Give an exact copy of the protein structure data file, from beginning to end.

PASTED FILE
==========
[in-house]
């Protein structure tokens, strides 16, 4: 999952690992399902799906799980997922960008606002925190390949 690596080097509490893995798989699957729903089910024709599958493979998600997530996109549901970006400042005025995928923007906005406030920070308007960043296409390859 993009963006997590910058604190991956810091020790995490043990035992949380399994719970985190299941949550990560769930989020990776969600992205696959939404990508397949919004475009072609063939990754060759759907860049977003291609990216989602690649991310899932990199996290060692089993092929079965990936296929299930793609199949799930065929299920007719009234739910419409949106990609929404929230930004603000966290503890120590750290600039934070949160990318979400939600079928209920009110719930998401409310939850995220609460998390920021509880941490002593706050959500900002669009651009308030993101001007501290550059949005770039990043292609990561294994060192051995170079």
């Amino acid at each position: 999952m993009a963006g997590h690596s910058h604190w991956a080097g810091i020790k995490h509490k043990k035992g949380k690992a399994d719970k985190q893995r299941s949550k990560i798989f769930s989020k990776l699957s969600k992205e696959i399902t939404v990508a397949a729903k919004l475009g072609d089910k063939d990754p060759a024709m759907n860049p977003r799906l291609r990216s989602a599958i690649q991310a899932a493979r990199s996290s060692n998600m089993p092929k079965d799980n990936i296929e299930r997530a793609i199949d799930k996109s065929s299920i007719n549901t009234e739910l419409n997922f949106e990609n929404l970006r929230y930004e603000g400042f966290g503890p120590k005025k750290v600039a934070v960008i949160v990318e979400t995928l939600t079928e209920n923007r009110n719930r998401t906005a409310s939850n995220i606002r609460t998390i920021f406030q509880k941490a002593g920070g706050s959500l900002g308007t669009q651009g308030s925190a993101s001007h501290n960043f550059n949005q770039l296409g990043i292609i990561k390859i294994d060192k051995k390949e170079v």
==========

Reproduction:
[in-house]
């Protein structure tokens, strides 16, 4: 999952690992399902799906799980997922960008606002925190390949 690596080097509490893995798989699957729903089910024709599958493979998600997530996109549901970006400042005025995928923007906005406030920070308007960043296409390859 993009963006997590910058604190991956810091020790995490043990035992949380399994719970985190299941949550990560769930989020990776969600992205696959939404990508397949919004475009072609063939990754060759759907860049977003291609990216989602690649991310899932990199996290060692089993092929079965990936296929299930793609199949799930065929299920007719009234739910419409949106990609929404929230930004603000966290503890120590750290600039934070949160990318979400939600079928209920009110719930998401409310939850995220609460998390920021509880941490002593706050959500900002669009651009308030993101001007501290550059949005770039990043292609990561294994060192051995170079």
């Amino acid at each position: 999952m993009a963006g997590h690596s910058h604190w991956a080097g810091i020790k995490h509490k043990k035992g949380k690992a399994d719970k985190q893995r299941s949550k990560i798989f769930s989020k990776l699957s969600k992205e696959i399902t939404v990508a397949a729903k919004l475009g072609d089910k063939d990754p060759a024709m759907n860049p977003r799906l291609r990216s989602a599958i690649q991310a899932a493979r990199s996290s060692n998600m089993p092929k079965d799980n990936i296929e299930r997530a793609i199949d799930k996109s065929s299920i007719n549901t009234e739910l419409n997922f949106e990609n929404l970006r929230y930004e603000g400042f966290g503890p120590k005025k750290v600039a934070v960008i949160v990318e979400t995928l939600t079928e209920n923007r009110n719930r998401t906005a409310s939850n995220i606002r609460t998390i920021f406030q509880k941490a002593g920070g706050s959500l900002g308007t669009q651009g308030s925190a993101s001007h501290n960043f550059n949005q770039l296409g990043i292609i990561k390859i294994d060192k051995k390949e170079v």